Blog image:
Still Pool Print by Jennifer Oakley-Delaplante 

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Recent Comments - Show all comments
  • Joanna van der Hoeven
    Joanna van der Hoeven says #
    Thank you, Gwion, for your kind words and support. x
  • Gwion Raven
    Gwion Raven says #
    A lovely piece on Sovereignty. Thank you for the reminder. Gwion

Posted by on in Studies Blogs
The Habit Of Truth

This particular blog is focused on divination, and on giving readings, but the idea of developing habits that support good practice can be generalized to many other situations.

 

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Recent Comments - Show all comments
  • Linette
    Linette says #
    Great article! This habit of truth is true in all areas of life, and as you say it IS a habit/practice. In addiction recovery th
  • Ivo Dominguez Jr
    Ivo Dominguez Jr says #
    I am in full agreement with your observations!

Posted by on in Culture Blogs

So the missionaries want to translate the Bible into Inupiaq.

In Inupiaq, every verb conjugates in one of two modes: what we may call Eyewitness mode and Hearsay mode.

Eyewitness mode conveys highly trustworthy information, because it means that the speaker has witnessed the event herself and can personally vouch for it as a matter of honor, of personal integrity.

Hearsay mode bears much less credibility. This is what I've heard, but I didn't see it myself and so can't personally vouch for its accuracy. It might be true, but it might not.

So the missionaries want to translate the Bible into Inupiaq.

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Hit Piece in Sheep’s Clothing

One Saturday when I was chatting with the Native American chaplain who sponsors our Wiccan circle at San Quentin, he handed me a book.  He’d received it from the Jewish chaplain who’d been our previous sponsor.  Wicca’s Charm: Understanding the Spiritual Hunger Behind the Rise of Modern Witchcraft and Pagan Spirituality, by Catherine Edwards Sanders.  I said I was unfamiliar with the author and had not heard anything about it, although I generally keep half an eye open for newer Pagan publications.

He casually mentioned that according to this book, and according to the chaplain who gave it to him, ostensibly for the small library we keep in the Wiccan storage locker along with our ritual supplies, Wicca was for women and had little relevance here in an all-male prison.  Not that he thought that, but that the book made that case.  He gave it to me to take home.  Book sl-t that I am, I took it, thinking that with all the reading material stacked around my house awaiting my attention, it would be very low priority.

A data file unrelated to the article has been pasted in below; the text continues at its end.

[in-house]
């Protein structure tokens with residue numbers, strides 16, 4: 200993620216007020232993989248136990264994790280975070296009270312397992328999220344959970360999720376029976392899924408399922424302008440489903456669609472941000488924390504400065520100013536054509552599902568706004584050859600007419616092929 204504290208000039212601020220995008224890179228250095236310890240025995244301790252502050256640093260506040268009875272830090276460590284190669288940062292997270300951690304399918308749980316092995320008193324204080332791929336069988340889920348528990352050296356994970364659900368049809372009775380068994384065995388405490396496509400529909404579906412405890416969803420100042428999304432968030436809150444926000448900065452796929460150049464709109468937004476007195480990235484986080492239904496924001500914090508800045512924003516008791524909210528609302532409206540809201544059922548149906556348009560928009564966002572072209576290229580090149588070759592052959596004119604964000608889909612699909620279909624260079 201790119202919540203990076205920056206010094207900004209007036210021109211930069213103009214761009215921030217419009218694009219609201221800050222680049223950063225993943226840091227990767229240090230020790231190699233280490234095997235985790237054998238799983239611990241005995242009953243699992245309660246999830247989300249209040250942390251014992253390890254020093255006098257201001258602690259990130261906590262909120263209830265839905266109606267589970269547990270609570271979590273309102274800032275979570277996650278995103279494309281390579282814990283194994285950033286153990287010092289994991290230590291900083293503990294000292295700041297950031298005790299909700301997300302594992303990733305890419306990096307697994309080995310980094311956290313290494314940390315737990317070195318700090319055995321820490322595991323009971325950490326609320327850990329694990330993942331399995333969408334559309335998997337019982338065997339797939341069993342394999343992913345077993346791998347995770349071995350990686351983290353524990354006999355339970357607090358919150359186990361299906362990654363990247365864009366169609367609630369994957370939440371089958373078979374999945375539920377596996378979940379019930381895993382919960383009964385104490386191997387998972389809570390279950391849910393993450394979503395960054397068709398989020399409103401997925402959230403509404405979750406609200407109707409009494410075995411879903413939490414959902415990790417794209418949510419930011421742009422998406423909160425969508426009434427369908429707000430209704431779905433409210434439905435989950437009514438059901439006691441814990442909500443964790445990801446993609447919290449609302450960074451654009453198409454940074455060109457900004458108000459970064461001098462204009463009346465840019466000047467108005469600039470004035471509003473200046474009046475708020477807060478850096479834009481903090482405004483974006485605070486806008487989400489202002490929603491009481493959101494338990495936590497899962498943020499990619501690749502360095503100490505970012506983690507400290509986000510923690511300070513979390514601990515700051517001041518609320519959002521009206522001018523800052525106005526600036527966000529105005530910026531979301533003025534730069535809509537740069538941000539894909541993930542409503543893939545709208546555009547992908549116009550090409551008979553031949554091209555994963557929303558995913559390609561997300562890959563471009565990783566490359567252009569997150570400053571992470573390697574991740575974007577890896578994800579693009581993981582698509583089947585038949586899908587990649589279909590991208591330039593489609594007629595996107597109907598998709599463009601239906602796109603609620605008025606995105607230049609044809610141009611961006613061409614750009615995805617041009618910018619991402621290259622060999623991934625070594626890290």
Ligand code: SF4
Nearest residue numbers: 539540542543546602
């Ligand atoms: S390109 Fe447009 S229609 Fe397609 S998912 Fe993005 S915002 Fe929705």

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  • Brenda Caudill
    Brenda Caudill says #
    That book is so wrong that I felt sorry for the author.
  • Greybeard
    Greybeard says #
    Thanks for the warning. We used to say that the difference between Wicca and New Age was about one decimal place (in the price of

Posted by on in Studies Blogs

Veritas is boldly tattooed on my left forearm. In time it evolved to be surrounded by acanthus leaves and three pomegranates, creating a half sleeve down to wrist. In shades of grey, it is only augmented by single red thread.

Often, I am asked what it all means. Both the tattoo and the thread?  Many mistakenly assume I came to Qabalah through Madonna and that veritas refers to being a wino, in vino veritas or Harvard alumni whose motto is veritas. All are false. I am not a big fan of the Material Girl, or wine, and I did not go to Harvard.

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The Druid Approach to Ageing

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Recent Comments - Show all comments
  • Trine
    Trine says #
    I'm 25 and sometimes tired of wearing makeup. I only put on makeup if I'm going out or to work, but never on Sundays (and Sunday a
  • Ted Czukor
    Ted Czukor says #
    It's all a matter of perspective. When my wife and I moved to our retirement community of Sun City, Arizona, we heard the followin
  • Carol P. Christ
    Carol P. Christ says #
    blessed be.
Peace - Learning When to Speak and When to Keep Silent

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Recent Comments - Show all comments
  • Joanna van der Hoeven
    Joanna van der Hoeven says #
    Thank you for your kind words, Tashi. x
  • Ted Czukor
    Ted Czukor says #
    Tashi means auspicious and Delek means fine or well. From Tibetan Buddhism. Different authors render it as "Blessings and good l
  • Ted Czukor
    Ted Czukor says #
    Thank you so much for this perfectly timed message. I know exactly what you mean! I was called out - quite politely, but still